The second discussion of D&D is in Chapter 6, on artificial intelligence, where we characterize human (and arguably animal as well) intelligence in terms of flexible adaptive richness, the ability to respond rationally to new problems and challenges in novel ways. The “frame problem” in artificial intelligence is just the name for the vast difficulty in getting mechanical agents to manifest flexible adaptive richness. Weirdly, as games get more immersive and sandboxy, this lack becomes all the more apparent. The latest installment of the Elder Scrolls franchise has thousands non player characters, each with unique faces and facial expressions in reaction to your character. They all do recognizably human things. But if you play enough you start to notice that they always do the exact same things over and over again, have the same conversations with one another, etc. And sometimes in your interactions with them you can exploit the fact that they are so non-flexible. For example, if your character is in the gladiatorial arena and can jump high enough and shoot a bow well enough (and possesses magic arrows in the higher challenges), you can just jump up on a parapet and kill opponents by shooting arrows at them. Instead of trying to jump up after you or running for shelter, your opponents just attack the stone column over and over again with their weapons.

This would not happen in D&D because a human intelligence is running the world and controlling the NPCs.

As we finished the book we kept thinking of other philosophical issues with D&D. How is magic different from just a different kind of science? Is it? What does the alignment system teach us about philosophical ethics, and vice versa? What happens when you take an aesthetic theory such as Kendall Walton’s that foregrounds role playing (in accounting for traditional art forms) and apply it to actual role playing games. What about narrative ethics and an artform that should be considered collaborative narrative? Or should it? What happens to the ludology/narratology debate when applied to Dungeons and Dragons? Is Dungeons and Dragons morally compromising because players role play violence? Such questions proliferate.

Instead of writing another book, we decided to try to edit an anthology. We’ve separately written some papers, are getting other philosophers to contribute, and are in the process of pitching it to a press right now.

We’ve also both separately joined tabletop games, something we hadn’t done in years. We’re big fans of 4th Edition.

Do you ever find that your philosopher’s mind gets in the way of your enjoyment of a game?

No! We’re both really dedicated to the thought that one of the primary good-making features of a work of art is that one can lose oneself in that work. And we take this talk in an entirely literal way! The pleasure of theorizing about art comes after the fact, when you are not engaged.

The major sin of aesthetic modernism is collapsing these two moments, thinking art should be “challenging” in a way that precludes losing oneself in it. It’s easy to go to the opposite extreme, as many like to do nowadays, and say that great art should always be “accessible” – i.e. shouldn’t require any serious thought or belief-revision at all. We certainly don’t believe that either. But we do think that one lamentable effect that the modernists had on western ideas about art was to give pleasure a bad rap. The American philosopher W.V. Quine once said that “learning is learning to have fun.” If he’s right about this, then it surely must be possible to learn a lot more from Robin Hobb or Brian Ruckley (and we read both!) than one ever could from Finnegan’s Wake.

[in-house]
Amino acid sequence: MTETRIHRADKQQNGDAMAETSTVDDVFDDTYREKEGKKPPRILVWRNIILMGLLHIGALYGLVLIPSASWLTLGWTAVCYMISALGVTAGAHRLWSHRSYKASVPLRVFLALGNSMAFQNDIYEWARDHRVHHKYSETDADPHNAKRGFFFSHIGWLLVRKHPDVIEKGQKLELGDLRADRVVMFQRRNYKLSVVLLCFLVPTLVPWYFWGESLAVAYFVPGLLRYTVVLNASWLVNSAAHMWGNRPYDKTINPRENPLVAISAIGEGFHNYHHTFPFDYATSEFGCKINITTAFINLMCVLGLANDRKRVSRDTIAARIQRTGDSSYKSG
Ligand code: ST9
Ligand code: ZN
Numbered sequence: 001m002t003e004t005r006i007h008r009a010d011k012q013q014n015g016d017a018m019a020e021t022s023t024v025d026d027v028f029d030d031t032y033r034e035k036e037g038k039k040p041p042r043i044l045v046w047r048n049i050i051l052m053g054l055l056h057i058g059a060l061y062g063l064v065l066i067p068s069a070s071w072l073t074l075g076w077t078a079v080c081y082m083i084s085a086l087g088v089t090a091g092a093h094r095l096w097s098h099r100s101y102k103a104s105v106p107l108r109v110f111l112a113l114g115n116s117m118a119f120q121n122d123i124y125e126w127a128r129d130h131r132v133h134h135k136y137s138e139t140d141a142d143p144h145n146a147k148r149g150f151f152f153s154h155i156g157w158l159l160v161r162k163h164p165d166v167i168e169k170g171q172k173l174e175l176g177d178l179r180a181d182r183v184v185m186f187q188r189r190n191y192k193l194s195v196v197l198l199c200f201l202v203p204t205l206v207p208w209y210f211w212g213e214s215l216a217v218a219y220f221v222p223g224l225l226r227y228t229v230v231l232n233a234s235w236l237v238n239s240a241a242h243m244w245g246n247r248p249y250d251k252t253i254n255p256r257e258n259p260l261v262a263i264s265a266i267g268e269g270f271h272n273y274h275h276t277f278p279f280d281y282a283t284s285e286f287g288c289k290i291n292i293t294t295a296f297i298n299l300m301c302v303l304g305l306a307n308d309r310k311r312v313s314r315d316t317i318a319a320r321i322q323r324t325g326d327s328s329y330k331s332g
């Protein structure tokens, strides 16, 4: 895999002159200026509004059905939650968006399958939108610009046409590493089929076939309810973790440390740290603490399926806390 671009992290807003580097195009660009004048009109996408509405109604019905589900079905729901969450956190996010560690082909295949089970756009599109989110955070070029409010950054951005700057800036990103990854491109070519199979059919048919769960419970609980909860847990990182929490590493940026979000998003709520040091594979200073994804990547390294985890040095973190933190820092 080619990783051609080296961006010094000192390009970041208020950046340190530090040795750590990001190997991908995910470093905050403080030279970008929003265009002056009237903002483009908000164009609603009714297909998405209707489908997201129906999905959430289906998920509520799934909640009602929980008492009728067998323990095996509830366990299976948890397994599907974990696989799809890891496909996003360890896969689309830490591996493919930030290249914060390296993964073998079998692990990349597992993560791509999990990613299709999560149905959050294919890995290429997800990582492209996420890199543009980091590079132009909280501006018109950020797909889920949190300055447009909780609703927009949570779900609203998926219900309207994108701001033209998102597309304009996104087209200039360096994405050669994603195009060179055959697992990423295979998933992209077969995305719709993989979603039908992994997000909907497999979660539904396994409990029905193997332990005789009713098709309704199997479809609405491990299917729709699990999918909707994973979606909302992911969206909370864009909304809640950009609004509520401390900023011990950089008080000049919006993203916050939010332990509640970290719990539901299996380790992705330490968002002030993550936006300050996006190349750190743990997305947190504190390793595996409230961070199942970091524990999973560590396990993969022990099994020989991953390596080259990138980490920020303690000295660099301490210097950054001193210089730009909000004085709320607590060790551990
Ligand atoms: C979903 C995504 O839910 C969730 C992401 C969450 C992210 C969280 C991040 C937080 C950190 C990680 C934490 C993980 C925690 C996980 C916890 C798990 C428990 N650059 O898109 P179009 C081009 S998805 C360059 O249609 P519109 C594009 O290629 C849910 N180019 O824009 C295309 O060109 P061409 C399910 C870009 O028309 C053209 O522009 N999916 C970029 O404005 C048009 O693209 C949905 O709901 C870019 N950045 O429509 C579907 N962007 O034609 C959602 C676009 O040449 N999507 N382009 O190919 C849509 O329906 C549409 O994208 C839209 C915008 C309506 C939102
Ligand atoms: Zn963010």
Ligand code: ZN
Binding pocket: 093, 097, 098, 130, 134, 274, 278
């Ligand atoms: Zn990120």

Noël Carroll’s books The Philosophy of Horror and The Philosophy of Mass Art showed how one could responsibly theorize about popular art while respecting that art as art. He has pretty devastating critiques of the theories of art that sought to valorize “challenging” modern art and condemn everything else.

We’d go further. Much modern art that professors write about strikes us as not challenging at all, but rather catastrophically simple-minded. Much of this stuff is admired on account of being crudely self-reflexive, and commenting either on the history of the genre or upon itself in a way that really doesn’t shed much light at all. Think of Andy Warhol’s lousy Brillo box, which has probably generated at least ten thousand pages of insufferably tedious commentary from philosophers and art historians. And a lot of the rest of it is just calculated to piss off the bourgeoisie, either by flouting their moral values or by just being plain unenjoyable. Try reading one of Samuel Beckett’s novels for an example of this sort of thing. We have a few of our own complaints about the bourgeoisie, but we think there’s more to being avant-garde than just biting the hand that feeds you.

You wake up to a world where you are the head of a company developing a video game. You have unlimited funds and resources available to you. What kind of game would you make?